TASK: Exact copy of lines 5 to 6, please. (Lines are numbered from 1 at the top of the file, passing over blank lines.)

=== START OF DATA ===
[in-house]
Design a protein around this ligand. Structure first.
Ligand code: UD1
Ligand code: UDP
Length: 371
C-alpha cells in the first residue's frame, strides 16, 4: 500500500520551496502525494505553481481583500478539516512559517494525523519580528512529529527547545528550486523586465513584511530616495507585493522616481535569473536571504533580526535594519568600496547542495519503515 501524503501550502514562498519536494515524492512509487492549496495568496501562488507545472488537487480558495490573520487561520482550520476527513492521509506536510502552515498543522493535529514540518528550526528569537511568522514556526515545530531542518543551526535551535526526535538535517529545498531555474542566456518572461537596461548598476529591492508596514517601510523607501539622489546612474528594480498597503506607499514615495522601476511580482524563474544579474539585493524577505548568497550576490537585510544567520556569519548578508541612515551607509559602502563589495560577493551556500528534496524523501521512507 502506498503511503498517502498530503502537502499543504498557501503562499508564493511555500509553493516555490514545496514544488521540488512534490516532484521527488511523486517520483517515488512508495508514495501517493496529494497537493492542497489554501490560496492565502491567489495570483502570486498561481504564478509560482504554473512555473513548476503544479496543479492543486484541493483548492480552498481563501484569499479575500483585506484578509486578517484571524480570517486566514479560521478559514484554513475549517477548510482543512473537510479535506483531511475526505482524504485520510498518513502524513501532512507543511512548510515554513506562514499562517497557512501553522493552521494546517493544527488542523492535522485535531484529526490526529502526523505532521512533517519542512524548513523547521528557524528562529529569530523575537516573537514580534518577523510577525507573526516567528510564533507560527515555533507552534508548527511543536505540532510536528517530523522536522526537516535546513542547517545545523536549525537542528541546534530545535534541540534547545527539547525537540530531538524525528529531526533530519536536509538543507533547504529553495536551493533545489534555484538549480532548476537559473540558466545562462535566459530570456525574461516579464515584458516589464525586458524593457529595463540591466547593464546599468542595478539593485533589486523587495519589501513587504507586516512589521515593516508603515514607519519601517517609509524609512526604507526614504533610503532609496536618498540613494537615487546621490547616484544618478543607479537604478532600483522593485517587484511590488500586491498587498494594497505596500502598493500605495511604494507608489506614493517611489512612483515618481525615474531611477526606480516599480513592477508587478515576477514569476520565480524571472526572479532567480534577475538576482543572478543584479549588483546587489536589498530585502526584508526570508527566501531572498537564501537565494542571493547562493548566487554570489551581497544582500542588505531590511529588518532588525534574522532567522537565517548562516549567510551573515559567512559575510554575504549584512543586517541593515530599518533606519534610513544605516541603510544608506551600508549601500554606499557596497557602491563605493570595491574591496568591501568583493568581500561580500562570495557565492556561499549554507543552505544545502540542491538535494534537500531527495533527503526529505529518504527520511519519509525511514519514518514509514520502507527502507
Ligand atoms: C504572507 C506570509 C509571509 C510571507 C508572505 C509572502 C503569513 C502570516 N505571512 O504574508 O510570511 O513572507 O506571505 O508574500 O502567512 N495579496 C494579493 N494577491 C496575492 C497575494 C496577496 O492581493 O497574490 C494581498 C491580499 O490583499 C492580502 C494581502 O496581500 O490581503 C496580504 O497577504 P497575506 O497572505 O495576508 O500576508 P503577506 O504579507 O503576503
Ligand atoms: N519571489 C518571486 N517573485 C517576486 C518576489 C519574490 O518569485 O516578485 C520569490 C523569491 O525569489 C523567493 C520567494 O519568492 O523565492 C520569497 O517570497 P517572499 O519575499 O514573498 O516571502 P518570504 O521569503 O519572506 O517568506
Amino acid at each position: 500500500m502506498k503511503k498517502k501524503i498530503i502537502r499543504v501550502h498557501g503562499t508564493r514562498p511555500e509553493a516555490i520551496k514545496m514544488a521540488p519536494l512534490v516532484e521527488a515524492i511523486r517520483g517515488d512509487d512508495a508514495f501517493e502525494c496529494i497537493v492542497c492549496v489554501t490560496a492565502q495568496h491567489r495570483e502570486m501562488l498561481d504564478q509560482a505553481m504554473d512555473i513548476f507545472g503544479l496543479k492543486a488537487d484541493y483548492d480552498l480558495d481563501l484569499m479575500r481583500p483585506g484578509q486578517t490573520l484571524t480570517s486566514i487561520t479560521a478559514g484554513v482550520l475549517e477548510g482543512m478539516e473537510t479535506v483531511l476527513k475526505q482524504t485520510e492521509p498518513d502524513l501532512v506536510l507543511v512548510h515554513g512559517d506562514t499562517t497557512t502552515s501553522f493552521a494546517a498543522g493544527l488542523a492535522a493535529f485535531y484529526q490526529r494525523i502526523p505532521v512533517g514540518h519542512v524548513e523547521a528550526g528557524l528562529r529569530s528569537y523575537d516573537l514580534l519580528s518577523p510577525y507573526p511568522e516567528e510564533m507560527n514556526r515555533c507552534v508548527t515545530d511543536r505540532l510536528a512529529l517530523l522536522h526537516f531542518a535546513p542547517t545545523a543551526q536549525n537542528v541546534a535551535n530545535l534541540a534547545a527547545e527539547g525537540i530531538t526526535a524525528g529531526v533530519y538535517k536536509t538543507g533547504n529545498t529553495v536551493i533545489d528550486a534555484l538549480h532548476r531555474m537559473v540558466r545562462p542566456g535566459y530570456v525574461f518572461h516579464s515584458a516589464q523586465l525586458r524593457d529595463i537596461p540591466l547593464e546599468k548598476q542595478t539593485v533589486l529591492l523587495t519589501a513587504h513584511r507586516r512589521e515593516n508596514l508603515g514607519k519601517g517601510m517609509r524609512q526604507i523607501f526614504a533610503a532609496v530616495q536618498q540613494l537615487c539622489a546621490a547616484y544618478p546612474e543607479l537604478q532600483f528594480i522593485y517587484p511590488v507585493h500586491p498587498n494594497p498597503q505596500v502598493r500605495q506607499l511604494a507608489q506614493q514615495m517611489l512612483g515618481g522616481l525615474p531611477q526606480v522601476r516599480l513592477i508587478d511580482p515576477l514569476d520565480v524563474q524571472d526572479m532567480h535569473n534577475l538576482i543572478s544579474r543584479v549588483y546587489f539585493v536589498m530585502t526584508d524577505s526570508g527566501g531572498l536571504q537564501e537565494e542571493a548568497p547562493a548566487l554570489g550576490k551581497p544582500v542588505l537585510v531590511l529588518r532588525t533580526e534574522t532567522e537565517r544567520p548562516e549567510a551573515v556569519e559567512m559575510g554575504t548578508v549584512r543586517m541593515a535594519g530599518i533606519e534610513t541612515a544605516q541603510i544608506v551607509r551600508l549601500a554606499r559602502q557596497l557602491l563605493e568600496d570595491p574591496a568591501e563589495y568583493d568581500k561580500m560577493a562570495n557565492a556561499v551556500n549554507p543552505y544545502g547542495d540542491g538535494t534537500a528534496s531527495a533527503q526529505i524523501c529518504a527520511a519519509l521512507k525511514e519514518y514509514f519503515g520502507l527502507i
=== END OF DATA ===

Length: 371
C-alpha cells in the first residue's frame, strides 16, 4: 500500500520551496502525494505553481481583500478539516512559517494525523519580528512529529527547545528550486523586465513584511530616495507585493522616481535569473536571504533580526535594519568600496547542495519503515 501524503501550502514562498519536494515524492512509487492549496495568496501562488507545472488537487480558495490573520487561520482550520476527513492521509506536510502552515498543522493535529514540518528550526528569537511568522514556526515545530531542518543551526535551535526526535538535517529545498531555474542566456518572461537596461548598476529591492508596514517601510523607501539622489546612474528594480498597503506607499514615495522601476511580482524563474544579474539585493524577505548568497550576490537585510544567520556569519548578508541612515551607509559602502563589495560577493551556500528534496524523501521512507 502506498503511503498517502498530503502537502499543504498557501503562499508564493511555500509553493516555490514545496514544488521540488512534490516532484521527488511523486517520483517515488512508495508514495501517493496529494497537493492542497489554501490560496492565502491567489495570483502570486498561481504564478509560482504554473512555473513548476503544479496543479492543486484541493483548492480552498481563501484569499479575500483585506484578509486578517484571524480570517486566514479560521478559514484554513475549517477548510482543512473537510479535506483531511475526505482524504485520510498518513502524513501532512507543511512548510515554513506562514499562517497557512501553522493552521494546517493544527488542523492535522485535531484529526490526529502526523505532521512533517519542512524548513523547521528557524528562529529569530523575537516573537514580534518577523510577525507573526516567528510564533507560527515555533507552534508548527511543536505540532510536528517530523522536522526537516535546513542547517545545523536549525537542528541546534530545535534541540534547545527539547525537540530531538524525528529531526533530519536536509538543507533547504529553495536551493533545489534555484538549480532548476537559473540558466545562462535566459530570456525574461516579464515584458516589464525586458524593457529595463540591466547593464546599468542595478539593485533589486523587495519589501513587504507586516512589521515593516508603515514607519519601517517609509524609512526604507526614504533610503532609496536618498540613494537615487546621490547616484544618478543607479537604478532600483522593485517587484511590488500586491498587498494594497505596500502598493500605495511604494507608489506614493517611489512612483515618481525615474531611477526606480516599480513592477508587478515576477514569476520565480524571472526572479532567480534577475538576482543572478543584479549588483546587489536589498530585502526584508526570508527566501531572498537564501537565494542571493547562493548566487554570489551581497544582500542588505531590511529588518532588525534574522532567522537565517548562516549567510551573515559567512559575510554575504549584512543586517541593515530599518533606519534610513544605516541603510544608506551600508549601500554606499557596497557602491563605493570595491574591496568591501568583493568581500561580500562570495557565492556561499549554507543552505544545502540542491538535494534537500531527495533527503526529505529518504527520511519519509525511514519514518514509514520502507527502507